Mastering advice needed

Discussion in 'Mastering' started by buddylee2000, May 30, 2010.

  1. buddylee2000

    buddylee2000 Active Member

    We are working with a final mix, done on pro tools, and are set to master it. The final mix sounds GREAT and I don't want to alter the sound in the mastering process. What would you suggest be done in the mastering process? I am not a recording engineer. I am the producer of the project. Thanks in advance.
  2. WaltzMastering

    WaltzMastering Active Member

    In something like this where it sounds like you are very satisfied with the mixes and final sound, a very light touch is needed in mastering just to assure continuity between songs and then assembly for replication.
  3. buddylee2000

    buddylee2000 Active Member

    Thanks Waltz, sounds like the right approach to me. We'll be doing additional recording in the future and will keep you in mind!
  4. BobRogers

    BobRogers Well-Known Member

    It probably should go without saying, but good communication with your ME is crucial. That's true as a general rule (for any collaborator, in fact), but in a case like this it's even more important. A lot of MEs seem to be inundated with people who expect them to work some sort of magic that will make their record the loudest on the radio. Since that's not what you are looking for you need to make your desires clearer. Congratulations on getting a mix that you are excited about!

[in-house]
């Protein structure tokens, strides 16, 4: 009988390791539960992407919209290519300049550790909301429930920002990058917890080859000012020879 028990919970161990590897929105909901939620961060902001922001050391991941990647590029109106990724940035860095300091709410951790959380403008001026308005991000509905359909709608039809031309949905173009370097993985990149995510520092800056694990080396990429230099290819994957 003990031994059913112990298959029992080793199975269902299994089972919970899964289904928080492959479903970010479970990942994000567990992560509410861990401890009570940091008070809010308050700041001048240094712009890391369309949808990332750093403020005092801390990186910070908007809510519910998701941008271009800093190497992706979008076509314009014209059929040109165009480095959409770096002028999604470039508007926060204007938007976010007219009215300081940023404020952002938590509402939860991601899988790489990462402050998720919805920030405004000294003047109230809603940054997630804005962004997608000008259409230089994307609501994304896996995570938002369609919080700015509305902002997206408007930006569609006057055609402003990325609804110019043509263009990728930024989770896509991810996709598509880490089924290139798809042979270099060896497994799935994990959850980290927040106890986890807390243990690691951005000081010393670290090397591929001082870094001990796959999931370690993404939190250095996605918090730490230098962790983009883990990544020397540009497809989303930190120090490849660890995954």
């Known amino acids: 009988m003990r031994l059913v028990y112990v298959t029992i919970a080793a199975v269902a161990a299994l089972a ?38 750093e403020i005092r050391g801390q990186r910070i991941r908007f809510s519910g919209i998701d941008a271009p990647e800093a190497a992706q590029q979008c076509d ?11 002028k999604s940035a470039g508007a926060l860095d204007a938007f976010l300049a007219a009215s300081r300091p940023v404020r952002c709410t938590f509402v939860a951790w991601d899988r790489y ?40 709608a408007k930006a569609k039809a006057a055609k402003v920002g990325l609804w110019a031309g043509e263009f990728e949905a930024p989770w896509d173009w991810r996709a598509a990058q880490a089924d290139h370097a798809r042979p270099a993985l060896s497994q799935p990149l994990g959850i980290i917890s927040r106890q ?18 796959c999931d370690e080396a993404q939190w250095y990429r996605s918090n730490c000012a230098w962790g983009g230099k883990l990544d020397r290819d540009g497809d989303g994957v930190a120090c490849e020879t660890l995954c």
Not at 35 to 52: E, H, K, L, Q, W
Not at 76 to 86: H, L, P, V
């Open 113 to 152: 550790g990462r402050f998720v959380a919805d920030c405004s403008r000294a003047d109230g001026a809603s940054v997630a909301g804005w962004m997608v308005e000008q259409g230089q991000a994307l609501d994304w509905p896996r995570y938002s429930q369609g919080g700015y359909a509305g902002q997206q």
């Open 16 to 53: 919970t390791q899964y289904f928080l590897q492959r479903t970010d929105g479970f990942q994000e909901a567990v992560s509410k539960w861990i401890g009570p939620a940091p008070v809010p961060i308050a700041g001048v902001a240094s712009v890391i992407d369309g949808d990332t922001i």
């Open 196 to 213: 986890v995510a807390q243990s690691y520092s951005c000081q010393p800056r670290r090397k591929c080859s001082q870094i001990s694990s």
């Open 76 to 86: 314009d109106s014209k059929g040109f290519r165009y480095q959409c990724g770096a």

5. buddylee2000

    buddylee2000 Active Member

    Thanks Bob, sounds like good advice and much appreciated.
  6. Massive Mastering

    Massive Mastering Well-Known Member

    This brings to mind a thread I'm involved in at another forum where a "mastering engineer" (and I use the quotes as a prop in this case) is spouting off about how the mastering engineer is responsible for the overall dynamics - and the stereo image - and the spectral balance (among other things) of a mix.

    Of course, my point is that the mastering engineer may be able enhance (or completely screw up) any or all of those aspects -- But -- But... Sorry - Even here I can't put together a sentence properly that makes any sense after hearing such misguided tripe.

    Saving "good mixing" for the mastering phase is terribly off the mark. If you're happy with your mixes (as well you should be, dammit) there you go. During the mastering phase, little tweaks may be applied to make one roll into the next a little more consistently, maybe the heads & tails could be tweaked to be a little more transparent, minor EQ tweaks -- or maybe almost nothing at all.

    I have no real issues with people who expect a lot from the mastering phase -- But I certainly have no issues with people who prefer the process to be as transparent and 'hands-off' as possible either...
  7. buddylee2000

    buddylee2000 Active Member

    Thanks! Very good information.
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